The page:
The investigators would like to also validate if urine metabolomic profiling can be used for identifying key metabolomic signatures associated with insulin resistance. To that end the investigators would like to examine detailed metabolomic profiles in 24 hour and spot urine samples.

The study population will include 50 obese adolescents with T2D, 50 obese adolescents without T2D and 50 age, gender, race and pubertal status-matched normal weight controls. The subjects will be recruited at the Healthy Lifestyle Program at Duke, Diabetes Clinics at Lenox Baker Children's Hospital and Roxboro Clinics.

Study activities include physical exam and medical history, vitals, laboratory tests (only for obese adolescents), urine testing for sugar (only for normal weight adolescents), 24 hour urine collection, spot urine collection, body fat content measurement, and food and activity questionnaire.

Study Type Observational
Study Design Observational Model: Case-Control
Time Perspective: Prospective
Target Follow-Up Duration Not Provided
Biospecimen Retention:   Samples Without DNA
Description:
24 hour urine samples.
Sampling Method Non-Probability Sample
Study Population The study population will include 50 obese adolescents with Type II Diabetes, 50 obese adolescents without Type II Diabetes, and age, gender, race and pubertal status-matched normal weight controls.
Condition Diabetes Type II
Intervention Not Provided
Study Groups/Cohorts
  • Obese with Type 2 Diabetes
    Obese adolescents with Type 2 Diabetes
  • Obese without Type 2 Diabetes
    Obese adolescents without Type 2 Diabetes
  • Normal weight
    Normal weight adolescents
Publications * Not Provided

*   Includes publications given by the data provider as well as publications identified by ClinicalTrials.gov Identifier (NCT Number) in Medline.
 
Recruitment Information
Recruitment Status Recruiting
Estimated Enrollment
 (submitted: January 31, 2017)
150
Original Estimated Enrollment
 (submitted: December 22, 2014)
75
Estimated Study Completion Date June 2020
Estimated Primary Completion Date June 2020   (Final data collection date for primary outcome measure)
Eligibility Criteria

Inclusion Criteria:

  1. Obese/Overweight adolescents without T2D who are having their first visit to the Healthy Lifestyle Program at Duke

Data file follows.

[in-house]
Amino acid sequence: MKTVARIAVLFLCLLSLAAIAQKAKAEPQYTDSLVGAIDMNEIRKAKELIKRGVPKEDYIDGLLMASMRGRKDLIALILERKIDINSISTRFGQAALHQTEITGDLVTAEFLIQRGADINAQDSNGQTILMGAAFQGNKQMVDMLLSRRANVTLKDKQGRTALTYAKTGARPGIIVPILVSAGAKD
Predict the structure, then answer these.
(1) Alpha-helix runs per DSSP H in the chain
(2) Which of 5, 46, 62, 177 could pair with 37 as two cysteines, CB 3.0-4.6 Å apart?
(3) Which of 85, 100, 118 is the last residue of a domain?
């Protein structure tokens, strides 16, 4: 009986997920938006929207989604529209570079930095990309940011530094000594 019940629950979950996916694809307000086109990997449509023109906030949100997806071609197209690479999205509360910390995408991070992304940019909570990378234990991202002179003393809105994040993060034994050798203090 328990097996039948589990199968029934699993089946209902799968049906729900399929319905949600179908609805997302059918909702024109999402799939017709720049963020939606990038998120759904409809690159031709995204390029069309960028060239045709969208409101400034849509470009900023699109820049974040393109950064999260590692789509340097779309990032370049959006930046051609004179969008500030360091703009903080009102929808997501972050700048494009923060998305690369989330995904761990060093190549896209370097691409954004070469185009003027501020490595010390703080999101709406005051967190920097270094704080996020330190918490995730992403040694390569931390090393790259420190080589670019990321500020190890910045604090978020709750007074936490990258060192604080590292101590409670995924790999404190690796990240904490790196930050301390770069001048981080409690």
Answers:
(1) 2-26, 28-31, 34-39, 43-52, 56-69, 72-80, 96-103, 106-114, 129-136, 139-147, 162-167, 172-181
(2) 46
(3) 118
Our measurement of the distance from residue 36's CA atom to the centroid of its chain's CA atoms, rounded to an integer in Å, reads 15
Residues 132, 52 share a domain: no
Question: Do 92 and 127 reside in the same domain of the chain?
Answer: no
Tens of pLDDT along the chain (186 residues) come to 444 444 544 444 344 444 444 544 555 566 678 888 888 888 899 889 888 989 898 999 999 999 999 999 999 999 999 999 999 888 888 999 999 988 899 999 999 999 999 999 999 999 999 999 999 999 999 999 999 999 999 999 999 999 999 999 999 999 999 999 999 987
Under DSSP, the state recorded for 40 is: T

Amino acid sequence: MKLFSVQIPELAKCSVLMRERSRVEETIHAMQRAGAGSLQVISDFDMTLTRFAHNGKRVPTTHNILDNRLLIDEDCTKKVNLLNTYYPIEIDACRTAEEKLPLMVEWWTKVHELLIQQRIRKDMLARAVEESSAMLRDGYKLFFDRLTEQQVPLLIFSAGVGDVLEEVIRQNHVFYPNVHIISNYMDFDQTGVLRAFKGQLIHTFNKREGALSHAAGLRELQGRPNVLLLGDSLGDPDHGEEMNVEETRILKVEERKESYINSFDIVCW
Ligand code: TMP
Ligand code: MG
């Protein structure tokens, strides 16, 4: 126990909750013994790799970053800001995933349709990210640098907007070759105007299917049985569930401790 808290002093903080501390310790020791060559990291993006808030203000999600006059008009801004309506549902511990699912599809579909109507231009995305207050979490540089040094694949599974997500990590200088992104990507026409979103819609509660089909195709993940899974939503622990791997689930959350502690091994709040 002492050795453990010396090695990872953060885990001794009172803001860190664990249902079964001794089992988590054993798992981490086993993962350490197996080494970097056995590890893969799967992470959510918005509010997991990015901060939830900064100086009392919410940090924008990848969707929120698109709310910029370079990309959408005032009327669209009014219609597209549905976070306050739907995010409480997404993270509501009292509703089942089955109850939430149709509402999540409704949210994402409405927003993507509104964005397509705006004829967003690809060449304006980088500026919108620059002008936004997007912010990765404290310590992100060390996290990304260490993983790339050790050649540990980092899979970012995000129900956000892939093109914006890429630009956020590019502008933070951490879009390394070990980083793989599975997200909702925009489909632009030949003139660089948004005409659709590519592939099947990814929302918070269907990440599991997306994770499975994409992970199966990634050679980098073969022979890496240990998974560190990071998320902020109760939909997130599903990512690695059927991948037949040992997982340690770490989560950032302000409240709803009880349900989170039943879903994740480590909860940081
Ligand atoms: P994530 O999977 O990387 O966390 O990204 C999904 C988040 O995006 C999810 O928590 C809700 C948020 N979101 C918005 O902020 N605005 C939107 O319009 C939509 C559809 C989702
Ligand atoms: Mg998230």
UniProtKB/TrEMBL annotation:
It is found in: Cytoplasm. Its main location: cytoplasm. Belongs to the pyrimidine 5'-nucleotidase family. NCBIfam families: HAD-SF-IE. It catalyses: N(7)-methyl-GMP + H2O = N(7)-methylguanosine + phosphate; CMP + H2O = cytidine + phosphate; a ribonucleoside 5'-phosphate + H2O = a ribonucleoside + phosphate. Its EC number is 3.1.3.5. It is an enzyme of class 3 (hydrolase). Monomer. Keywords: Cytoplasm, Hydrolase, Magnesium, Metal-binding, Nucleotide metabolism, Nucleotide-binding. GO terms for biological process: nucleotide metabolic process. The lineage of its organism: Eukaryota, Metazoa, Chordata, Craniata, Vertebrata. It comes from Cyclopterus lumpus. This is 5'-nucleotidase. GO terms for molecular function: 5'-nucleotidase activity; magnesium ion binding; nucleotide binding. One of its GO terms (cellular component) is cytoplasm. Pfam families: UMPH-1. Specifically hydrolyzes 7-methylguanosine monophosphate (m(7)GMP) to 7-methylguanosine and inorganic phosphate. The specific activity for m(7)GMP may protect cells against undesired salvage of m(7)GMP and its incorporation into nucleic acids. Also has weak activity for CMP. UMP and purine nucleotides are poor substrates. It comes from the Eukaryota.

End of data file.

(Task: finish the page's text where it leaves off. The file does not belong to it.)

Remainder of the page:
2. Obese/Overweight adolescents with T2D followed at Diabetes Clinics at Lenox Baker Children's Hospital
  3. Age, gender, race and pubertal status matched normal weight adolescents presenting for "well child check" at Roxboro Clinics
  4. ≥12 to 18 (inclusive) years of age
  5. Both the subject and one parent/guardian present will need to be able to speak and read English

Exclusion Criteria:

  1. Currently or within the past month taken systemic corticosteroids, antipsychotics, medications for weight loss, topiramate, oral contraceptives or medroxy-progesterone acetate
  2. Children with genetic syndrome causing obesity
  3. Children with decompensated hypothyroidism
  4. Normal weight children with glucosuria as this might indicate undiagnosed diabetes
  5. Children that are pregnant
Sex/Gender
Sexes Eligible for Study: All
Ages 12 Years to 18 Years   (Child, Adult)
Accepts Healthy Volunteers Yes
Contacts
Contact: Pinar Gumus Balikcioglu, M.D. 9196684002 pinar.gumus@duke.edu
Contact: Denise Simmons, BS 9193237601 denise.f.simmons@duke.edu
Listed Location Countries United States
Removed Location Countries  
 
Administrative Information
NCT Number NCT02326129
Other Study ID Numbers Pro00057460
K23DK117067 ( U.S. NIH Grant/Contract )
Has Data Monitoring Committee No
U.S. FDA-regulated Product Not Provided
IPD Sharing Statement Not Provided
Responsible Party Duke University
Study Sponsor Duke University
Collaborators
  • Children's Miracle Network
  • National Institute of Diabetes and Digestive and Kidney Diseases (NIDDK)
Investigators
Principal Investigator: Pinar Gumus Balikcioglu, M.D. Pediatric Endocrinology
PRS Account Duke University
Verification Date December 2018